Whit Stillman’s new film, Love and Friendship, is notable not just for being such a rarity (being after all his fifth film in 26 years) but also for reuniting the stars of his cult classic The Last Days of Disco, Kate Beckinsale and Chloë Sevigny. This is no accident: throughout his career, Stillman has been known to use recasting as a kind of stunt. Several main and bit-players in his debut Metropolitan returned in subsequent works, so as to deliberately forge a connected universe. Love and Friendship is therefore consciously something of a companion piece to Last Days – a strange thing, considering the apparent differences between this heavily-costumed Jane Austen adaptation and the earlier exploration of 1980s Manhattan.
The Last Days of Disco, released in 1998 as the final part of Stillman’s “Doomed Bourgeois in Love” trilogy, owes just as much to Austen as its predecessors Metropolitan (1990) and Barcelona (1993). All Stillman’s work shares that debt to the classic author – it is incredibly precise, with layers of wit, irony and social observation, and depictions of intelligence, grace, hypocrisy, stupidity, hysteria, neurosis, linguistic obfuscations and all the other things that make up the archetypal comedy-of-manners. In Last Days, Stillman’s usual studious concerns with privileged, garrulous twentysomethings (and one relative outsider) are rendered even more dissective by their transplantation to a specific milieu, south-east Manhattan of 1980. The plot roughly follows two publishing assistants – quieter Alice (Sevigny) and the more glamorous Charlotte (Beckinsale) – and their graduate friends around the disco scene, including earnest bar manager Des (Chris Eigeman), depressed attorney Josh (Matt Keeslar) and hilariously entitled ad-man Jimmy (Mackenzie Austin).
By pushing his characters further out into the real NYC, and in a period so famously grim for the city, Stillman builds on his usual anthropological approach. Not that the period seems specific for much of the film: Stillman’s – and Austen’s – starting-point is social satire, so it makes sense that the first, most obvious and governing joke in Last Days is its apparent lack of period. We are told at the outset that this is 1980, but you can’t really tell – most of Stillman’s characters in this trilogy look the same, all five-dollar haircuts and pressed suits. By extension, what he’s very quietly observing (through nothing more than vaguely intertextual costume choices) is that a certain section of society simply hasn’t seen the same clear fashion changes as the surrounding culture. This is crucial to the film; it is a story about discos but without a single rollerskate, perm or flare.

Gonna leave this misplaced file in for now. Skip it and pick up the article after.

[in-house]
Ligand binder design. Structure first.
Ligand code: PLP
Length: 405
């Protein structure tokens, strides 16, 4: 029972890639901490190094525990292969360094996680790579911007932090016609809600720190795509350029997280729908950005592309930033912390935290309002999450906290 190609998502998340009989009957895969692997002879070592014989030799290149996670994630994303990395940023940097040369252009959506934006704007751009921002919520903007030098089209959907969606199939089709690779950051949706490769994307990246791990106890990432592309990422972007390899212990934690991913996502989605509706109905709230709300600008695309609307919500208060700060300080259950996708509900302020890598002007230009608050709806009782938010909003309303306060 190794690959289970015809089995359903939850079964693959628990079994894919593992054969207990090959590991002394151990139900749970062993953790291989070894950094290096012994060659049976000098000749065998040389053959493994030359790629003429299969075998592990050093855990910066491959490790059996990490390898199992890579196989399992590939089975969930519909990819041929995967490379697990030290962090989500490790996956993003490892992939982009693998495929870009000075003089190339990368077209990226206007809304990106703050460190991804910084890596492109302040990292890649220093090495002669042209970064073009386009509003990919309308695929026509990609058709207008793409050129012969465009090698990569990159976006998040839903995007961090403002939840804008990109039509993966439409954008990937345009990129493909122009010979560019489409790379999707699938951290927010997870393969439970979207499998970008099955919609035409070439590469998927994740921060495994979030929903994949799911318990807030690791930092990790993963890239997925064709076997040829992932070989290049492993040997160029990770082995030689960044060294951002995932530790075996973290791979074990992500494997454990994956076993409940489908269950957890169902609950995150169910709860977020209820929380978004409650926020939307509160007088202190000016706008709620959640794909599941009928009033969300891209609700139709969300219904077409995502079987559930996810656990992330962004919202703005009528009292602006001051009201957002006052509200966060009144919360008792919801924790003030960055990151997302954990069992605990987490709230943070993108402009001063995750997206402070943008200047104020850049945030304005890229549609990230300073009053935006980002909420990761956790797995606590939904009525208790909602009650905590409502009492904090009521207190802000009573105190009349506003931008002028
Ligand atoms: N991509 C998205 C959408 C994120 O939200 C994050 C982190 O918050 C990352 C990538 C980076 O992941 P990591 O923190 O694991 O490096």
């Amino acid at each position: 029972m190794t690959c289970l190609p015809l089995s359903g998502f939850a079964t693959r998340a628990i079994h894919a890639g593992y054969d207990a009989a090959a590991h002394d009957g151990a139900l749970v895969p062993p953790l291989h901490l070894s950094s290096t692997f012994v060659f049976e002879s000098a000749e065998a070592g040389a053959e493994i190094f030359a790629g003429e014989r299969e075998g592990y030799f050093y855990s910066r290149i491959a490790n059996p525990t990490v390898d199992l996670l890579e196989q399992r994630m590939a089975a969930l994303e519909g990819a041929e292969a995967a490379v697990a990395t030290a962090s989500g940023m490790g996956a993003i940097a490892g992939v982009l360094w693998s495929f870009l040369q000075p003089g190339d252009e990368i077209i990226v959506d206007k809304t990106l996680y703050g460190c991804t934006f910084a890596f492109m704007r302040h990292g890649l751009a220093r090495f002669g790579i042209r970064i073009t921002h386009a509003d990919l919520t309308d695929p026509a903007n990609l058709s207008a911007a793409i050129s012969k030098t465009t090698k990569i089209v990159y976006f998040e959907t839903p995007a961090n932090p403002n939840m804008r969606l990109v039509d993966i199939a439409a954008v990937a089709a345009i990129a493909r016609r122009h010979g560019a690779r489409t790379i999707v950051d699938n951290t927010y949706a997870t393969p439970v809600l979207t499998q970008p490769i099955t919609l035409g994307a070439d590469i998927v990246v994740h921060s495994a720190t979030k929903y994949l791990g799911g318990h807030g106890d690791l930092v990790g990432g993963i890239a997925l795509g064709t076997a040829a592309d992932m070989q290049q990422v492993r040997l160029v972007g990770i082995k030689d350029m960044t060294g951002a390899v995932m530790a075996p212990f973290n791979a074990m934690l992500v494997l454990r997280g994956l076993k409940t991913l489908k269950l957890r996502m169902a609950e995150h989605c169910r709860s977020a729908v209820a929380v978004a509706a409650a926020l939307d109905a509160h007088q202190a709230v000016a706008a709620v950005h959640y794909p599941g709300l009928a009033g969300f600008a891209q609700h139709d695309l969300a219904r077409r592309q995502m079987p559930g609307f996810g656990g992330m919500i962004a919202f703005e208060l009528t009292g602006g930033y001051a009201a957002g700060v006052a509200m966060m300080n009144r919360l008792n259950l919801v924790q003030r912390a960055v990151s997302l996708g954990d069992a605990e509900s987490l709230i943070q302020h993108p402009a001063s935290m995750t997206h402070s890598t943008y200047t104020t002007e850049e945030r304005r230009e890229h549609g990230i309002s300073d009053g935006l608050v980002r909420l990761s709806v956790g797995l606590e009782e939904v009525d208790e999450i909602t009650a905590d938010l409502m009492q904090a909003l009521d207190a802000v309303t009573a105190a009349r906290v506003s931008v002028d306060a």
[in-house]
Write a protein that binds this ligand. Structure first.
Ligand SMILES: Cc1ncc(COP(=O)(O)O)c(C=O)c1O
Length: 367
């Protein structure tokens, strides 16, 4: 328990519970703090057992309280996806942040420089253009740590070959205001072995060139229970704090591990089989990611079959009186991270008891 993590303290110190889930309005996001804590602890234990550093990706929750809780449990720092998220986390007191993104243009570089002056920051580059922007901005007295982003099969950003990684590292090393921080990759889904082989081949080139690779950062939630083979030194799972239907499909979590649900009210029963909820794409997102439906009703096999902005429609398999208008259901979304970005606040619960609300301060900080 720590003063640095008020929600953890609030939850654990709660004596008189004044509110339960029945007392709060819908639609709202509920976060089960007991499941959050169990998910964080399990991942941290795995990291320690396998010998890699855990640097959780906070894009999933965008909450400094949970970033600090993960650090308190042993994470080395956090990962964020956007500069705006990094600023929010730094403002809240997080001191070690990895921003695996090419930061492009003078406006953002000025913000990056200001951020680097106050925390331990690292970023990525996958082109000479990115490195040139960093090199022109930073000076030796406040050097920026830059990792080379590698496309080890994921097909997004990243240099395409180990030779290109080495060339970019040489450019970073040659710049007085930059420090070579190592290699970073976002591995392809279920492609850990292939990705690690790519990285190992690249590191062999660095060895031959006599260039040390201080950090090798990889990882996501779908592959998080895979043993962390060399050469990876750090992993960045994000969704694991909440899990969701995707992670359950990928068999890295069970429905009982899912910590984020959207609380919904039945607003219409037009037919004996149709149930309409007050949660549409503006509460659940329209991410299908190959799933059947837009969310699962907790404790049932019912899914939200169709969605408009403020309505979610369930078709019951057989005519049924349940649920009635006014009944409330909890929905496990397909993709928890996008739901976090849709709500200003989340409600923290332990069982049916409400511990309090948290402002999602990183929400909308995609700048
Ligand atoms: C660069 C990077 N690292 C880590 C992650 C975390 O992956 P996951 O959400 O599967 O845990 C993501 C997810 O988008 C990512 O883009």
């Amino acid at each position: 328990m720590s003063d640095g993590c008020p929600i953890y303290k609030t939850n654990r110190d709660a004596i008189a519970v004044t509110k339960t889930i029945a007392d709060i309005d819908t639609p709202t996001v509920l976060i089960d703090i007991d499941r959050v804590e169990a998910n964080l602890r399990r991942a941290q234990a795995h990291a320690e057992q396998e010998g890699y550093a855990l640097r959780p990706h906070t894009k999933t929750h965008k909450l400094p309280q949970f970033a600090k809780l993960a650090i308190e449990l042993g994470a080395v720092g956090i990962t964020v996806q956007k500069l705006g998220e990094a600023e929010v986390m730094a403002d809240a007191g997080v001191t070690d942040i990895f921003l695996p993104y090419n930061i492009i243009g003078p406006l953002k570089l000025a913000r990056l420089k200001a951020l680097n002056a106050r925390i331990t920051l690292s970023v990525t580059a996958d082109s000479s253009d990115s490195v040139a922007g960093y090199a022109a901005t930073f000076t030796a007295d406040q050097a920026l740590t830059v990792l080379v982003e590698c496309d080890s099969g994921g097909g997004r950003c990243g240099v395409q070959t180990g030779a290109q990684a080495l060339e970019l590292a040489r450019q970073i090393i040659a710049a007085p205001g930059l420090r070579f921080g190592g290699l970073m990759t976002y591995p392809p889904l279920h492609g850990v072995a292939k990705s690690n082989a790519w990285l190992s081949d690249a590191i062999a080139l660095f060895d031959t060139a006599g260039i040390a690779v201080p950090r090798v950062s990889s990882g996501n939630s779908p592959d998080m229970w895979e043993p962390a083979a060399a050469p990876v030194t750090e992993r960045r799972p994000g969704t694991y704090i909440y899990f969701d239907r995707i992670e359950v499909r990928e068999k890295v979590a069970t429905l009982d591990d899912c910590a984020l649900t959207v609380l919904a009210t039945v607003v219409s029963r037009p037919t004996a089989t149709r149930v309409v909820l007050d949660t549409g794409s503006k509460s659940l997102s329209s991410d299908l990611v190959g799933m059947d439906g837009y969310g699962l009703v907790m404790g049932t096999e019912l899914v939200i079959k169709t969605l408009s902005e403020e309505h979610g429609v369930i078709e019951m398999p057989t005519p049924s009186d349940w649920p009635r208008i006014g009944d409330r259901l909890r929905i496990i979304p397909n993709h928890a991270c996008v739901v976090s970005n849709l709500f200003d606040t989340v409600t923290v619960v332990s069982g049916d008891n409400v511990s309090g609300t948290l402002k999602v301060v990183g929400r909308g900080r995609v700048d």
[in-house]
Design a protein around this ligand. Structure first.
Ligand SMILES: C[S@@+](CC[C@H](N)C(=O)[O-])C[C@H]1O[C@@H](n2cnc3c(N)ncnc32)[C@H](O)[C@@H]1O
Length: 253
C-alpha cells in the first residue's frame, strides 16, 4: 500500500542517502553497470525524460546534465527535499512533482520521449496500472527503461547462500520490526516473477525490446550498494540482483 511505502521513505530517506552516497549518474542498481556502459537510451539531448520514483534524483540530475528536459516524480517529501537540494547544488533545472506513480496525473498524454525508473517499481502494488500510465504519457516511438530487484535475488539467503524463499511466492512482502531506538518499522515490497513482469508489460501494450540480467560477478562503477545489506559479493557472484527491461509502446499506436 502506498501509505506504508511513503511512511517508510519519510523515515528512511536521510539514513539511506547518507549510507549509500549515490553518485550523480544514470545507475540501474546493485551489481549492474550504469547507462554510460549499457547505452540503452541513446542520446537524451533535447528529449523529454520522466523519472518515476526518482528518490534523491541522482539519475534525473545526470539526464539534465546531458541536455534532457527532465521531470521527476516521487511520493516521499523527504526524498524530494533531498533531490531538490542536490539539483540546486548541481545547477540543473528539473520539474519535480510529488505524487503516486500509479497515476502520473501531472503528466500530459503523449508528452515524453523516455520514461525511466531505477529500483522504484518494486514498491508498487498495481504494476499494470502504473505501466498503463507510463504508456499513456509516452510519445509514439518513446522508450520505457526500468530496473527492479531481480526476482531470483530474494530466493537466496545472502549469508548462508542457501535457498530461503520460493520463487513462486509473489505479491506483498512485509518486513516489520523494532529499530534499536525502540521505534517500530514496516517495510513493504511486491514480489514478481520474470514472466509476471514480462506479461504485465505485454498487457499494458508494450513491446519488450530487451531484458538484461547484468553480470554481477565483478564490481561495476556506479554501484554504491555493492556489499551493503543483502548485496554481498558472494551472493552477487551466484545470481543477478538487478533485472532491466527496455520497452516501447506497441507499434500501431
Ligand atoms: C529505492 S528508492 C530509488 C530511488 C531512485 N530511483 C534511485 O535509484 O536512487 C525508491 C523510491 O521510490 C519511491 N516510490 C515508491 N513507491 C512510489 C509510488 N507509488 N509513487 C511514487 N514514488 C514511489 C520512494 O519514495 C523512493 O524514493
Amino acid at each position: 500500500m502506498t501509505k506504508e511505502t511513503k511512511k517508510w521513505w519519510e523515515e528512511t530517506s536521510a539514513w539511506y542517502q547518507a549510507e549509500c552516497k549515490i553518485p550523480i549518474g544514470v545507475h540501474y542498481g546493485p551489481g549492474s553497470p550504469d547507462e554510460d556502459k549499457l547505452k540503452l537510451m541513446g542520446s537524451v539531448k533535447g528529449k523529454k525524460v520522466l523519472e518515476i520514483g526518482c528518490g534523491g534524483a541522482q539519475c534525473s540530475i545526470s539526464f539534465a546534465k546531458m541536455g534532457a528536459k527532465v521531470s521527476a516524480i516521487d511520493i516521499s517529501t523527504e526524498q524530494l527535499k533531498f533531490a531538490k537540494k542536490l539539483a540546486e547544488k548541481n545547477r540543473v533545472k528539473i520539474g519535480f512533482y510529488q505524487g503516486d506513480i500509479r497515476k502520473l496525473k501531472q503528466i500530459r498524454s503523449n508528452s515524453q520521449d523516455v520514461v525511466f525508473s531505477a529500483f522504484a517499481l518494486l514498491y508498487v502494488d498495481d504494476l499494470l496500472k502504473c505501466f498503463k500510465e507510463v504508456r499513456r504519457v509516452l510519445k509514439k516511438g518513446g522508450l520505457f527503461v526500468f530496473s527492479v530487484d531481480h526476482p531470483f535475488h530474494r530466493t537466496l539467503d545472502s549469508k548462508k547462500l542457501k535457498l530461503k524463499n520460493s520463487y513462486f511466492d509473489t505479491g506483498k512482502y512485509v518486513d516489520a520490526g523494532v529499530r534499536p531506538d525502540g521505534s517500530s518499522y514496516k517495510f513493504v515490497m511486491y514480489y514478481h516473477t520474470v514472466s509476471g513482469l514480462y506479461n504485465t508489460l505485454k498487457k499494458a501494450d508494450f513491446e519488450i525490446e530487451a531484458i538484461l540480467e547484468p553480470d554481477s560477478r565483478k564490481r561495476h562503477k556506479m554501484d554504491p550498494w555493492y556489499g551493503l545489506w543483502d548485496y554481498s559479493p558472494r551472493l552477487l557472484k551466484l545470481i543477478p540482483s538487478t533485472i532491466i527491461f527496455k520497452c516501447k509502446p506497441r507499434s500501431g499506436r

So it is that we see history being presented in a quintessentially Stillman way – right down, in fact, to that hilariously on-the-nose title. Like his characters, Stillman apparently goes for pronouncement rather than subtext: this film, we are told, is simply about the last days of disco. It is conveniently straightforward and perhaps knowingly cod-intellectual. It’s like calling Citizen Kane “Unchecked Capitalism” or, to borrow from an extended conversation between Last Days‘ characters, calling Lady and the Tramp “Ill-Advised Romance“. What beautiful reduction. This is how Stillman roles are written: characters come out and say – or rather, state – things apparently without subtlety, though rather complexly this style actually conceals its own layers of meaning.
This is simply because the surface words, those capital-s “Statements”, are the vital component. The very sound of Stillman’s dialogue forces us to listen out for concealed meanings, to luxuriate in his knack for knitting together entire plots based entirely on how characters may or may not have acted toward one another. It is reductio ad absurdum – the whole thing is rendered insane through this comical juxtaposing of serious themes with such apathetic characters, and such grandiloquent asseveration with such deadpan delivery. Stillman has a thesis here, a discursive throughline, but presents it with such knowing straightforwardness, reveling like Austen in an hilariously moderate approach to knotty plotting. Last Days opens as the characters convene around the central nightclub, with Jimmy striking the first blow against the status quo by trying to bring two elderly, stiffly uncool clients: the conflict created by this small failed act reverberates throughout, effectively bringing around the disco apocalypse. As referred to on numerous occasions by several characters, we had something cool – until the yuppies came in. There is an entire web of romantic entanglements, and a surprisingly dramatic legal subplot, and yet there is practically zero action; everything occurs around, between and beneath the dialogue.